Tracks 2, 3, 5, 8: Recorded in a cozy midtown living room, 'Until They Lay Me Down to Rest' is Grace's first full-length album release. Richard Ford (a veteran bluegrass/country musician and engineer in Memphis) recorded and engineered the tracks and is featured on several instruments, including: banjo, lap steel, and jangletron. Mastering done by Kevin Cubbins. (*track 2 features another local veteran musician, Jana Misener, on cello).
Tracks 1, 4, 6, 7: Recorded and engineered by Andrew Ratcliffe at Tweed Studios (Oxford, MS) with Grace's recently re-formed backing band (Grace Askew & The Black Market Goods) jumping into the second half of the project, the chemistry and collaborative efforts truly shine. Featuring:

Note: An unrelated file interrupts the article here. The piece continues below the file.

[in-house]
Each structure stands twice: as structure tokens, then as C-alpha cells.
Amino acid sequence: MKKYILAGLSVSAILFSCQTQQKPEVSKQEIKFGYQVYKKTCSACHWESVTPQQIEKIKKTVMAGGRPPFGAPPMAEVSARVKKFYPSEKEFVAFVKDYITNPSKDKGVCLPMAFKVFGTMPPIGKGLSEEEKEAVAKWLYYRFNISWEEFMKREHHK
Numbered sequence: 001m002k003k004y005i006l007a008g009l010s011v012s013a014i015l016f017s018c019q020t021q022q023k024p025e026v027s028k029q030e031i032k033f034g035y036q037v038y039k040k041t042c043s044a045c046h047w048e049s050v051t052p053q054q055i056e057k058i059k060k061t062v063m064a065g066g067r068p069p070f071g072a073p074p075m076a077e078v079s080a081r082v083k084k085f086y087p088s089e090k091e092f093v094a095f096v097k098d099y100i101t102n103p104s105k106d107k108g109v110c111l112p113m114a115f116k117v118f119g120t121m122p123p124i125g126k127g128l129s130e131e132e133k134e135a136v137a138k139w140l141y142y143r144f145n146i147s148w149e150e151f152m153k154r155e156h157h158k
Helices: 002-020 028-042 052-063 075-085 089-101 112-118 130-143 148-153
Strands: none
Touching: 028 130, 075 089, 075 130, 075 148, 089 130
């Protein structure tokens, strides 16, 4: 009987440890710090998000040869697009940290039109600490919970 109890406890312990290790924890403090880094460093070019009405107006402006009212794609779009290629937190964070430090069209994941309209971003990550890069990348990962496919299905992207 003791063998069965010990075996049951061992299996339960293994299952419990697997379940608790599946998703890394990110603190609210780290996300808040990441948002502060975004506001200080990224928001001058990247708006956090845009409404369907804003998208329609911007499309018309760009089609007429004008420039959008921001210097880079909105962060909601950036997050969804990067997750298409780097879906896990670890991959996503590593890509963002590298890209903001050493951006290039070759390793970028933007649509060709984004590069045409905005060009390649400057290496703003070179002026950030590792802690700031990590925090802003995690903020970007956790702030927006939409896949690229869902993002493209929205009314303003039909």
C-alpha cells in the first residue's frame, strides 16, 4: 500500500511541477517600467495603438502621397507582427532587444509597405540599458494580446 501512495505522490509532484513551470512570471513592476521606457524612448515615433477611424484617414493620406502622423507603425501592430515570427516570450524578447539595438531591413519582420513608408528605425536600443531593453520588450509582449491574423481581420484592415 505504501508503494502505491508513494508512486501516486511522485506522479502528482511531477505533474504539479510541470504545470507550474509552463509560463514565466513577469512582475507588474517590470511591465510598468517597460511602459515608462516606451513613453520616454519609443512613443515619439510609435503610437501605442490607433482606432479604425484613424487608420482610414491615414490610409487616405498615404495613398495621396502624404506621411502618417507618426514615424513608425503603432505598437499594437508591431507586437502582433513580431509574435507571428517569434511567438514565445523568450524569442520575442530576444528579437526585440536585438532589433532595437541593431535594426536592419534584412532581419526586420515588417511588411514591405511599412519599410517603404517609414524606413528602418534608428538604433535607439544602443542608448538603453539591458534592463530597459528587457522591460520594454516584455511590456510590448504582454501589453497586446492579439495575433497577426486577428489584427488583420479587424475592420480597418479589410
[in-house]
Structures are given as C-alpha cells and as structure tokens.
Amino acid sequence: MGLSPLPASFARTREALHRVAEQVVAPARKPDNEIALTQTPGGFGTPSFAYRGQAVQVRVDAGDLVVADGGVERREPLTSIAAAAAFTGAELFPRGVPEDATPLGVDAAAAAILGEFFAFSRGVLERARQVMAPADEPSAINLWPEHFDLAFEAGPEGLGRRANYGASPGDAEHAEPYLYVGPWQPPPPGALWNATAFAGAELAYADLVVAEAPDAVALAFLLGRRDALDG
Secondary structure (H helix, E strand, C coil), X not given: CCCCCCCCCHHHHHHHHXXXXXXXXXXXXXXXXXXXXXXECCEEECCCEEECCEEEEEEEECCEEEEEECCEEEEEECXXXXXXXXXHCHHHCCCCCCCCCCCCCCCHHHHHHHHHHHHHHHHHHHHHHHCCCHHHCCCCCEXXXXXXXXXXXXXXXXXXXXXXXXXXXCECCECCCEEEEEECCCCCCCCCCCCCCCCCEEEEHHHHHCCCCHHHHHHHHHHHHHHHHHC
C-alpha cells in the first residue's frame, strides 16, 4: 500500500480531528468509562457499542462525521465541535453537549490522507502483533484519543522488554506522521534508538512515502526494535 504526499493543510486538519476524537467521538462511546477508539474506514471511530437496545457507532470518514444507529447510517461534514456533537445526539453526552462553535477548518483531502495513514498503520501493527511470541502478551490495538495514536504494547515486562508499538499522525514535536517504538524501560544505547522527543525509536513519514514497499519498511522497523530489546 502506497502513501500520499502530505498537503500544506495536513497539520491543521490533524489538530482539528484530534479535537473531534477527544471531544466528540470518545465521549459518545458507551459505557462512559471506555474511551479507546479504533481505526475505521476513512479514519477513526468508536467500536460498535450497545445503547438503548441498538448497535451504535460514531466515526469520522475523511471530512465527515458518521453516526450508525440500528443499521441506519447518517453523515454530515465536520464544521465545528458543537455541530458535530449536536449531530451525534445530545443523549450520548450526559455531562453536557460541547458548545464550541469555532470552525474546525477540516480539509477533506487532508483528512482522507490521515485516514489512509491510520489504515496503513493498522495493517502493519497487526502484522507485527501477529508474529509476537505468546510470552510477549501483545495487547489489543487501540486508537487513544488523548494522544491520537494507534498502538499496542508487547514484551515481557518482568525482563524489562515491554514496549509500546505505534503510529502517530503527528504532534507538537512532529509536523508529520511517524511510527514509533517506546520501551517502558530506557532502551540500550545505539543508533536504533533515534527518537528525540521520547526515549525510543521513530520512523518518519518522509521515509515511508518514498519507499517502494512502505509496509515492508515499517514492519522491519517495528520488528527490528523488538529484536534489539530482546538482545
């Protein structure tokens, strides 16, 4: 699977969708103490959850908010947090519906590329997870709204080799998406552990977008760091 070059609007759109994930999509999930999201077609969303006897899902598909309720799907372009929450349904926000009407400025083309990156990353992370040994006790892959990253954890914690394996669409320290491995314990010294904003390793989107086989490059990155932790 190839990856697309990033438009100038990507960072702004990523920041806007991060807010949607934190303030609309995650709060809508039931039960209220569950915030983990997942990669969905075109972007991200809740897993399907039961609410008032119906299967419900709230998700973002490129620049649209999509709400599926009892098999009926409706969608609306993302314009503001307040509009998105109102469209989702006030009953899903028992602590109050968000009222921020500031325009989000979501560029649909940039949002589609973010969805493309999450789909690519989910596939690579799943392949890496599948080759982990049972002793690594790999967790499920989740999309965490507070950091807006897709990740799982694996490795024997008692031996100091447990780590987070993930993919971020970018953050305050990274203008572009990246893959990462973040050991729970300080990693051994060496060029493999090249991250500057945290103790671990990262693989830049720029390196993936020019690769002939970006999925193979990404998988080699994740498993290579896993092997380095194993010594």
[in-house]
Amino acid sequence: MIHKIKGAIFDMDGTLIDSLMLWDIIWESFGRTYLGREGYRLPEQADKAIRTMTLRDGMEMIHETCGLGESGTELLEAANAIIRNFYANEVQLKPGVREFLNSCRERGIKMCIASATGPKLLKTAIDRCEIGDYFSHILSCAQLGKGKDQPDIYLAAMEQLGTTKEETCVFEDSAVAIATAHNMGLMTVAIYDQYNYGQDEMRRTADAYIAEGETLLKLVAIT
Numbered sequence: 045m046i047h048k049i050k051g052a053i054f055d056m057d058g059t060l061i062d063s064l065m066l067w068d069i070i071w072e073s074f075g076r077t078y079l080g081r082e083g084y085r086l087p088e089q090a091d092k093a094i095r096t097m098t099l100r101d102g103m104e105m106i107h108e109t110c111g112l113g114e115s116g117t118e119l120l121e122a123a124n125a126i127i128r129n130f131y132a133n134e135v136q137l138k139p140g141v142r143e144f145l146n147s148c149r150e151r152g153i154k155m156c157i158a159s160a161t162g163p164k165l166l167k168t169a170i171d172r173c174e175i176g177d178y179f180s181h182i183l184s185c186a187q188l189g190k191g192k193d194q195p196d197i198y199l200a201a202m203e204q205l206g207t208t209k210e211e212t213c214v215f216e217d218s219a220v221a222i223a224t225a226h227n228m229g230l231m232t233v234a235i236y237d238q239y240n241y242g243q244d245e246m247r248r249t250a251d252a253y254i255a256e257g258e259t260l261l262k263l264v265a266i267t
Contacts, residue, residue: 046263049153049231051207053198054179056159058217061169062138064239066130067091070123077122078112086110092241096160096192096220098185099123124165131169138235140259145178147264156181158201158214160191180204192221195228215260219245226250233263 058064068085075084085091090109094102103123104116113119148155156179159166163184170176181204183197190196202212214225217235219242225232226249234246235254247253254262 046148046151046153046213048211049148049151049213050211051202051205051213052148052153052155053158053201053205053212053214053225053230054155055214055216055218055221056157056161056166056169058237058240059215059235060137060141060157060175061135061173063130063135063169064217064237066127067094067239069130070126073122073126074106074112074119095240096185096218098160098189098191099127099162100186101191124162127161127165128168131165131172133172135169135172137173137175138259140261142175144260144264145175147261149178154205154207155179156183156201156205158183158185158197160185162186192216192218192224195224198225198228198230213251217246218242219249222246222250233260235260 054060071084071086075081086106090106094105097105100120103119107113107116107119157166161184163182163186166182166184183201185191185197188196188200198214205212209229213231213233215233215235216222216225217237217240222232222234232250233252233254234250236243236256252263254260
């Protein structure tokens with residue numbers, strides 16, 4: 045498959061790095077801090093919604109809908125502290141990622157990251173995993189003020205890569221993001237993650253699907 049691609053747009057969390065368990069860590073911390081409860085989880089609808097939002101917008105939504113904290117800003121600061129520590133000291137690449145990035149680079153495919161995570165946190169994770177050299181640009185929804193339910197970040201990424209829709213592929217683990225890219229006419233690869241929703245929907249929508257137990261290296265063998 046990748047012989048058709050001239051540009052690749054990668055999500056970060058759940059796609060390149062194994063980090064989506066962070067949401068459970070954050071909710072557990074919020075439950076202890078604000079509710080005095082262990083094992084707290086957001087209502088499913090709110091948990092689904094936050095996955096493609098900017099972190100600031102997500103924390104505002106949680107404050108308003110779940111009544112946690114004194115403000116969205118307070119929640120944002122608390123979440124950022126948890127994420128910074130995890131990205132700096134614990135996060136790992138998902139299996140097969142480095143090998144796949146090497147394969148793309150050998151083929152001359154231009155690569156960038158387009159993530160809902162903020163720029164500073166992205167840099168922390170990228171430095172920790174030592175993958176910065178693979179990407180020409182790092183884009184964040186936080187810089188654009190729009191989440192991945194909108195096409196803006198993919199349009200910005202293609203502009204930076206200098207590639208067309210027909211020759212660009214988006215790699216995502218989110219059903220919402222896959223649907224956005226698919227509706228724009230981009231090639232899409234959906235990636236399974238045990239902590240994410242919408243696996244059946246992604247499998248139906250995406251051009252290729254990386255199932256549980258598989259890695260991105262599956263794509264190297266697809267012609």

Logan Hanna - lead guitar
Andrew Simons - upright bass
Jesse Williams - drums/percussion
Grace Askew - all rhythm guitar/vocals
Mastered done by Jeffrey Reed.
All songs produced, written, and composed by Grace Askew
"The soul of Grace Askew"
By Elizabeth Cawein livefrommemphis.com 'Prodigal Girl' blog
April 18, 2010
There are a lot of things I like about Grace Askew: I like the timbre of her voice. I like her face when she sings. I like the way she writes. But probably most of all, I like that she's an old soul. She's about my age, but for some reason when I look at her I see youth—maybe it's her milky clear skin, that tramp. So when I heard her sing "The Thrill is Gone" at the Dixon's Art After Dark on Thursday, I couldn't help but wonder if she was on in years enough to even know the thrill to begin with. But if I close my eyes? All I hear is the blues.